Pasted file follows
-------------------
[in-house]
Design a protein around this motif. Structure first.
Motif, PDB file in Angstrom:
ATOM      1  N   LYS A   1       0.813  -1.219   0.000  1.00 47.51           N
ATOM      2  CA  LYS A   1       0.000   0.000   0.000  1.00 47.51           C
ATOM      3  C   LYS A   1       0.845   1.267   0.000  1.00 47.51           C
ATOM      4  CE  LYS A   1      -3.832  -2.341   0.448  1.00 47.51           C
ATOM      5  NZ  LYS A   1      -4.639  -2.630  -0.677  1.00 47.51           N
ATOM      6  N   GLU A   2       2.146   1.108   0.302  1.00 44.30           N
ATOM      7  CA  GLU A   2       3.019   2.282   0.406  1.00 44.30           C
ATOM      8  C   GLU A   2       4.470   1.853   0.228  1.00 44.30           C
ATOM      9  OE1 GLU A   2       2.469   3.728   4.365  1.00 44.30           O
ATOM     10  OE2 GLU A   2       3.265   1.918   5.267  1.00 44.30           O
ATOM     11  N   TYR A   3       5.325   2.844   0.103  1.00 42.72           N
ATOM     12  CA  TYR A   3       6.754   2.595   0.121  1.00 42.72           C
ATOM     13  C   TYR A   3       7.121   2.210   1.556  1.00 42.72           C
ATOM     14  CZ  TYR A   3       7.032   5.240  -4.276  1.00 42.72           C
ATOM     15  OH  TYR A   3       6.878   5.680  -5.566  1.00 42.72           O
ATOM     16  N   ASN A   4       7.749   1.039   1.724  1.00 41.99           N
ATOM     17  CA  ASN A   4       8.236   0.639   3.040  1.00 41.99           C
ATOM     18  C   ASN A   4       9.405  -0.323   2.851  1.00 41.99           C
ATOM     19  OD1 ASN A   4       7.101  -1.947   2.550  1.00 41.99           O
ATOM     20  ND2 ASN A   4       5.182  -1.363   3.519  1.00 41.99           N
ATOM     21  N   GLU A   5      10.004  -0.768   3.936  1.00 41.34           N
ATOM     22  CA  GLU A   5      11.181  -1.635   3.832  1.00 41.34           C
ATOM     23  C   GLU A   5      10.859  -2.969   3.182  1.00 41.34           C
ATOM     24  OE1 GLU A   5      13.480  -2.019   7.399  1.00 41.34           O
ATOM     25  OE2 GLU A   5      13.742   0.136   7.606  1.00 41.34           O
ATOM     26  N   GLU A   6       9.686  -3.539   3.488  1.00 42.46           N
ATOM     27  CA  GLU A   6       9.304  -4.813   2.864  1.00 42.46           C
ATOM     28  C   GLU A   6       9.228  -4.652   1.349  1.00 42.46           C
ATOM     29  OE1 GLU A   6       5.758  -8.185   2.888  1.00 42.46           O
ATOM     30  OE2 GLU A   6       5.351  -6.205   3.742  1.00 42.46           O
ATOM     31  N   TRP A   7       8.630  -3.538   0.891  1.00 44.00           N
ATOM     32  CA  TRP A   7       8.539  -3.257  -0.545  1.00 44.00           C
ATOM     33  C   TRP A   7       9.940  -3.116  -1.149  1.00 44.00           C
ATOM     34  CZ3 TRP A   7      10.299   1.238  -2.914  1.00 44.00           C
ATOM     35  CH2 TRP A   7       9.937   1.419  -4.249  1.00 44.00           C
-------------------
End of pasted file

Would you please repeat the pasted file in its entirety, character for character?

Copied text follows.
[in-house]
Design a protein around this motif. Structure first.
Motif, PDB file in Angstrom:
ATOM      1  N   LYS A   1       0.813  -1.219   0.000  1.00 47.51           N
ATOM      2  CA  LYS A   1       0.000   0.000   0.000  1.00 47.51           C
ATOM      3  C   LYS A   1       0.845   1.267   0.000  1.00 47.51           C
ATOM      4  CE  LYS A   1      -3.832  -2.341   0.448  1.00 47.51           C
ATOM      5  NZ  LYS A   1      -4.639  -2.630  -0.677  1.00 47.51           N
ATOM      6  N   GLU A   2       2.146   1.108   0.302  1.00 44.30           N
ATOM      7  CA  GLU A   2       3.019   2.282   0.406  1.00 44.30           C
ATOM      8  C   GLU A   2       4.470   1.853   0.228  1.00 44.30           C
ATOM      9  OE1 GLU A   2       2.469   3.728   4.365  1.00 44.30           O
ATOM     10  OE2 GLU A   2       3.265   1.918   5.267  1.00 44.30           O
ATOM     11  N   TYR A   3       5.325   2.844   0.103  1.00 42.72           N
ATOM     12  CA  TYR A   3       6.754   2.595   0.121  1.00 42.72           C
ATOM     13  C   TYR A   3       7.121   2.210   1.556  1.00 42.72           C
ATOM     14  CZ  TYR A   3       7.032   5.240  -4.276  1.00 42.72           C
ATOM     15  OH  TYR A   3       6.878   5.680  -5.566  1.00 42.72           O
ATOM     16  N   ASN A   4       7.749   1.039   1.724  1.00 41.99           N
ATOM     17  CA  ASN A   4       8.236   0.639   3.040  1.00 41.99           C
ATOM     18  C   ASN A   4       9.405  -0.323   2.851  1.00 41.99           C
ATOM     19  OD1 ASN A   4       7.101  -1.947   2.550  1.00 41.99           O
ATOM     20  ND2 ASN A   4       5.182  -1.363   3.519  1.00 41.99           N
ATOM     21  N   GLU A   5      10.004  -0.768   3.936  1.00 41.34           N
ATOM     22  CA  GLU A   5      11.181  -1.635   3.832  1.00 41.34           C
ATOM     23  C   GLU A   5      10.859  -2.969   3.182  1.00 41.34           C
ATOM     24  OE1 GLU A   5      13.480  -2.019   7.399  1.00 41.34           O
ATOM     25  OE2 GLU A   5      13.742   0.136   7.606  1.00 41.34           O
ATOM     26  N   GLU A   6       9.686  -3.539   3.488  1.00 42.46           N
ATOM     27  CA  GLU A   6       9.304  -4.813   2.864  1.00 42.46           C
ATOM     28  C   GLU A   6       9.228  -4.652   1.349  1.00 42.46           C
ATOM     29  OE1 GLU A   6       5.758  -8.185   2.888  1.00 42.46           O
ATOM     30  OE2 GLU A   6       5.351  -6.205   3.742  1.00 42.46           O
ATOM     31  N   TRP A   7       8.630  -3.538   0.891  1.00 44.00           N
ATOM     32  CA  TRP A   7       8.539  -3.257  -0.545  1.00 44.00           C
ATOM     33  C   TRP A   7       9.940  -3.116  -1.149  1.00 44.00           C
ATOM     34  CZ3 TRP A   7      10.299   1.238  -2.914  1.00 44.00           C
ATOM     35  CH2 TRP A   7       9.937   1.419  -4.249  1.00 44.00           C